Michigan Football Tidbits: Position Group – Incoming Freshmen Cornerbacks and defensive tidbits:


Michigan Football Tidbits: Position Group – Incoming Freshmen Cornerbacks and defensive tidbits:

Turner: His biggest advantage, right now, is his size, and another advantage is his ability. He has the type of talent you just cannot teach. His upside is unlimited, and because of our lack of size at the cornerback position, he will be given every opportunity to make an impact right away in 2009 — specially in red zone where he could be put in as a cornerback with Boo Boo in at nickel.

Whitty: He’s most liikely a red-shirt, although injuries and lack-of-depth may force him into action. Never complain when Michigan recruits a kid who had an injury, especially one who could have been highly rated had he been healthy.

We know the coaches think a lot more of Whitty than his ratings: he has some size (height), and speed — two things that you cannot teach. He just needs a couple years with Barwis. He is a nice addition and can always be used, early on, to upgrade the special teams.

Overall: A pretty good group although very young and inexperienced. Size was a problem which Turner helps alleviate. We still expect Michigan to go after at least one tall cornerback in 2010.

Sometimes, hard to judge the effectiveness of cornerback play, especially when they play zone, because sometimes the pass gets completed because of a bad linebacker drop. Safety play, in most cases, is essential to good cornerback play. Coach Robinson says he likes to play man and he now has the types of cornerbacks that prefers man coverage. But will it work? It didn’t last spring.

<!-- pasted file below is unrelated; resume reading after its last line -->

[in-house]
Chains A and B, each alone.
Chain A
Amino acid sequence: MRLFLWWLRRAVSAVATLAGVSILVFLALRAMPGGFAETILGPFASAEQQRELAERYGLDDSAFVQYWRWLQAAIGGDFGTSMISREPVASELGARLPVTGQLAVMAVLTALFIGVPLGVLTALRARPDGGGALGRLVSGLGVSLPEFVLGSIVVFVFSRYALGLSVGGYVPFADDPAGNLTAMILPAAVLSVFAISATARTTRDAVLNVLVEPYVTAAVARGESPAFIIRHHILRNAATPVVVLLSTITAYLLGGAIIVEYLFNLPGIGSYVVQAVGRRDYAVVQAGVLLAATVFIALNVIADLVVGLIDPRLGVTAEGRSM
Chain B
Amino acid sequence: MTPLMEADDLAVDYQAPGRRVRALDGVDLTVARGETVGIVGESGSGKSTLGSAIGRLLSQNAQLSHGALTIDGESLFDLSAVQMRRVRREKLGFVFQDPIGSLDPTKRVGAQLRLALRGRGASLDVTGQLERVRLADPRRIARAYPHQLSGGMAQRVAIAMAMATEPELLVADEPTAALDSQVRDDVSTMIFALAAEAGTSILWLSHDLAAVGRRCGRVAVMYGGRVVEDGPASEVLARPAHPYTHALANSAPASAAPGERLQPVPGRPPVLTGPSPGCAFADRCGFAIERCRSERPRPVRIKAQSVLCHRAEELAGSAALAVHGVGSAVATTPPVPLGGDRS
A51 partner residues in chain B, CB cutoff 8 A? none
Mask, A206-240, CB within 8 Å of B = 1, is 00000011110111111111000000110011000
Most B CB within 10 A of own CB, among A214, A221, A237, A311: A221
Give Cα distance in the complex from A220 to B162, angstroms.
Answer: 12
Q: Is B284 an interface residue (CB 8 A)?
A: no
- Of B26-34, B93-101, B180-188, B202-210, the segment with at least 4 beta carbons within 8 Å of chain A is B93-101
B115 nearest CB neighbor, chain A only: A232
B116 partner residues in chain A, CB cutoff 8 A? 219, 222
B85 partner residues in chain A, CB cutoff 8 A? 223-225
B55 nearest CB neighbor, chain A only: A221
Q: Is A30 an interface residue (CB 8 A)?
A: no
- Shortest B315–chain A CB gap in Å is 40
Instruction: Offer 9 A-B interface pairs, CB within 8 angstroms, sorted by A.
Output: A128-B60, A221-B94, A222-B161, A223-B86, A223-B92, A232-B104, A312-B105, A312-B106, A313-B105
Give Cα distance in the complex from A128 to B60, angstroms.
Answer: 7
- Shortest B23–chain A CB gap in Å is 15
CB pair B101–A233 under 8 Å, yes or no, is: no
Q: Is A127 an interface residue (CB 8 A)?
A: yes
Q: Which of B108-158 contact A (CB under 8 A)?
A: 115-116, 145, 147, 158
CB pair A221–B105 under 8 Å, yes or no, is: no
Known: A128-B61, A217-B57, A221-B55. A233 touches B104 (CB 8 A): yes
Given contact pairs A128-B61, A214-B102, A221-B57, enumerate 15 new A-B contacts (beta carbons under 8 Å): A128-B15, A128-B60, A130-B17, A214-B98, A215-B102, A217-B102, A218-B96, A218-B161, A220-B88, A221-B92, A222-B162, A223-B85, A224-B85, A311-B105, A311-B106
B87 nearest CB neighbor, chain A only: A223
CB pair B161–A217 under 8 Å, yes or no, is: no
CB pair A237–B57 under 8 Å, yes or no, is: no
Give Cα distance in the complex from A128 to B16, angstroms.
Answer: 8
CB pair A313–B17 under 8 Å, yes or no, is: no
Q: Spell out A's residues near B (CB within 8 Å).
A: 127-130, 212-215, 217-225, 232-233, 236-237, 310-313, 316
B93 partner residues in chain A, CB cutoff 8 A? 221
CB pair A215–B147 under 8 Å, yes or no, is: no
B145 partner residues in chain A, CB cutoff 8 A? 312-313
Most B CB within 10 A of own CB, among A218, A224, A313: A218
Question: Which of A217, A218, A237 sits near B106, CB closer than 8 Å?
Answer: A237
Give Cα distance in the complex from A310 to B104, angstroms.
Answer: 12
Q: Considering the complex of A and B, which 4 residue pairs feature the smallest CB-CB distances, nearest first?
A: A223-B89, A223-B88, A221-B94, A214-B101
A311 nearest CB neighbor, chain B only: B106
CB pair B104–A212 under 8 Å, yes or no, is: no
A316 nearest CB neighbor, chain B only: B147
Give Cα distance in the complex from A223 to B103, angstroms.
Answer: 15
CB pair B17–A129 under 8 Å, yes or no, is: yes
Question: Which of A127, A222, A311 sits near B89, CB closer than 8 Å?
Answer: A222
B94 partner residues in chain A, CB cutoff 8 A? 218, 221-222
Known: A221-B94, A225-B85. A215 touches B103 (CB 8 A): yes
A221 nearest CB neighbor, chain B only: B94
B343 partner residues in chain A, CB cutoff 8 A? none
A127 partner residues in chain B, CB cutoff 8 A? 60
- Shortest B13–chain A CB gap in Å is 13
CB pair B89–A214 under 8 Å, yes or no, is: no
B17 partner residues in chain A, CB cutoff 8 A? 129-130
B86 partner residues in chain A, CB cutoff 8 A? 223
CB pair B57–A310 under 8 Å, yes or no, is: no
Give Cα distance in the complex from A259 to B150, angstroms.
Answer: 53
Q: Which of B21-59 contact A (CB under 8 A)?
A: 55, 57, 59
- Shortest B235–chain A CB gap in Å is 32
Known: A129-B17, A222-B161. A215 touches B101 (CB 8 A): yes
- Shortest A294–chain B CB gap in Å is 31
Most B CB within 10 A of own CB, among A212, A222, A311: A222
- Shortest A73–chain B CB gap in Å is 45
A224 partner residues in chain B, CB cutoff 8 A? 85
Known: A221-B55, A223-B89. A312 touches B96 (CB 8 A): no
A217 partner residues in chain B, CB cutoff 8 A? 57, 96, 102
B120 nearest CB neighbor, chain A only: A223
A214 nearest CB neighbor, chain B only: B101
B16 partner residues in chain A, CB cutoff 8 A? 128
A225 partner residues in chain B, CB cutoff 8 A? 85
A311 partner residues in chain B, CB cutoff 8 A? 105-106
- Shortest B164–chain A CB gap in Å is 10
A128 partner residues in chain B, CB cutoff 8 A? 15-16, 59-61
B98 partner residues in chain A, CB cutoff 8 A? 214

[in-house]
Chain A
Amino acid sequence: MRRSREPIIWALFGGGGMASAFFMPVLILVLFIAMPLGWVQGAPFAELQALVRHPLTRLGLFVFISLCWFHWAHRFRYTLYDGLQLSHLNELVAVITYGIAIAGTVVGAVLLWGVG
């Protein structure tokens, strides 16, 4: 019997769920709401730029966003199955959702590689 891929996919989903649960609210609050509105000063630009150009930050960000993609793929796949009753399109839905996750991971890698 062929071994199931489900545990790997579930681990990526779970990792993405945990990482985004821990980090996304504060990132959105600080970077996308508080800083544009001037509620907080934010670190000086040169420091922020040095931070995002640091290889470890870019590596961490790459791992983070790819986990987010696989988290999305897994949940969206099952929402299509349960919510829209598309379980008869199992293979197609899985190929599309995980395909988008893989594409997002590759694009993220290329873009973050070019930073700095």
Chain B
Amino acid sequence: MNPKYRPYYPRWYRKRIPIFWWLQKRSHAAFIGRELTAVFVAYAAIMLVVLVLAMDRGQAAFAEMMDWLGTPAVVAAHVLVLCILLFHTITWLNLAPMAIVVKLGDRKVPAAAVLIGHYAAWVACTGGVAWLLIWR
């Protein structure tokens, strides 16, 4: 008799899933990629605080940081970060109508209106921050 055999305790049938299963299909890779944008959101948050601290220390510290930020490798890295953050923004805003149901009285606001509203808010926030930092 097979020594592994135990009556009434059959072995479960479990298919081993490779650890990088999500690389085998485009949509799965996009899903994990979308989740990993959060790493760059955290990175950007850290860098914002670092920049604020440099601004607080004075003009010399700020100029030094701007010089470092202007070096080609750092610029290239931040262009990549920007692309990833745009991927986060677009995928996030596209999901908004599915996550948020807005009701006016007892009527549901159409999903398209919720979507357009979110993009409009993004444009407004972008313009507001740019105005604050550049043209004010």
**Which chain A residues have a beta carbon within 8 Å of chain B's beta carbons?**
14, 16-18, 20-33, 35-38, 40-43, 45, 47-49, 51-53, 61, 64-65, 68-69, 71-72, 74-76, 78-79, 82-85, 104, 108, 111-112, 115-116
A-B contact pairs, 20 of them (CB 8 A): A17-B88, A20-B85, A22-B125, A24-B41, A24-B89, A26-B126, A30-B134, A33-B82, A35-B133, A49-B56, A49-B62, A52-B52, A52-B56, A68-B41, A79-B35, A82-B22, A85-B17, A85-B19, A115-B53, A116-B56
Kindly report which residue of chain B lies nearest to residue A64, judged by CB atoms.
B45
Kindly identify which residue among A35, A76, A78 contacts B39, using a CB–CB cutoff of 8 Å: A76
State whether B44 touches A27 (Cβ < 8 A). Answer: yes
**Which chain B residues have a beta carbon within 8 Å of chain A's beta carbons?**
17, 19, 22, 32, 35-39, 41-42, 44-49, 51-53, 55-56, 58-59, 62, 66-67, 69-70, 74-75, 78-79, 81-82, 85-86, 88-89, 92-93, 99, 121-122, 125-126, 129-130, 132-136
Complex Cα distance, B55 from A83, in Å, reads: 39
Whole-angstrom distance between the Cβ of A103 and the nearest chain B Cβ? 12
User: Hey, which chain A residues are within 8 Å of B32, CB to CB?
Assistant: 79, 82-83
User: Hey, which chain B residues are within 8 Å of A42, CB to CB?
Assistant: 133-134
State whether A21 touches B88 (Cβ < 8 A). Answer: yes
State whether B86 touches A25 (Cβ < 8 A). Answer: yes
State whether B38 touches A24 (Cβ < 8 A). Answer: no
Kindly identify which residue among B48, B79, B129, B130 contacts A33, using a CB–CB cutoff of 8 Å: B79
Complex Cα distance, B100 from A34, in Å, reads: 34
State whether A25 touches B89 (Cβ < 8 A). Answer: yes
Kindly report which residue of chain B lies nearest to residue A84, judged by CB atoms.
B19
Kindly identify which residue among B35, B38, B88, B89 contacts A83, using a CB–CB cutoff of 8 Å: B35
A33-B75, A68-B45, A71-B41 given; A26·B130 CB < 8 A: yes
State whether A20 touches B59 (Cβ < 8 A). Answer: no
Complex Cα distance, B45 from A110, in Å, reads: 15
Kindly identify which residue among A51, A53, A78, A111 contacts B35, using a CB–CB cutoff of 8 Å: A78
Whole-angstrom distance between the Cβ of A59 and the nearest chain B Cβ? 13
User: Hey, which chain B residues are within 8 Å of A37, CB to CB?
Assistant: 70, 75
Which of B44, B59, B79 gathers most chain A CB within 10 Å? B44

As you with the cornerbacks, on defense, the numbers and depth at every position is deficient when compared to the offense.

This lack of numbers will eventually catch up to a team, because if forces players to play very early in there careers when they may not be totally ready. We have to recruit aggressively on the defensive side of the ball this year and are hoping that at least 60% — or more — commits are defensive players.

Side Note: Position changes, more times than not, do not work, unless — sometimes — if the it happens early enough in a player’s career, usually the first year.

If it is not done early, then — usually — position changes are done solely to alleviate depth shortages, and that player ends up as a role player. We do not see a lot of position changes, maybe not any, but there are a lot of numbers on offense. The coaches cannot play them all, so either some players move to defense or we may have some unhappy players down the road. Yes, some changeovers between teams happen later on, but, in the norm of things, a player changing positions and becoming a key factor is a rare event.

>>> (Tomorrow, we will be talking about the Position Group — Safeties)

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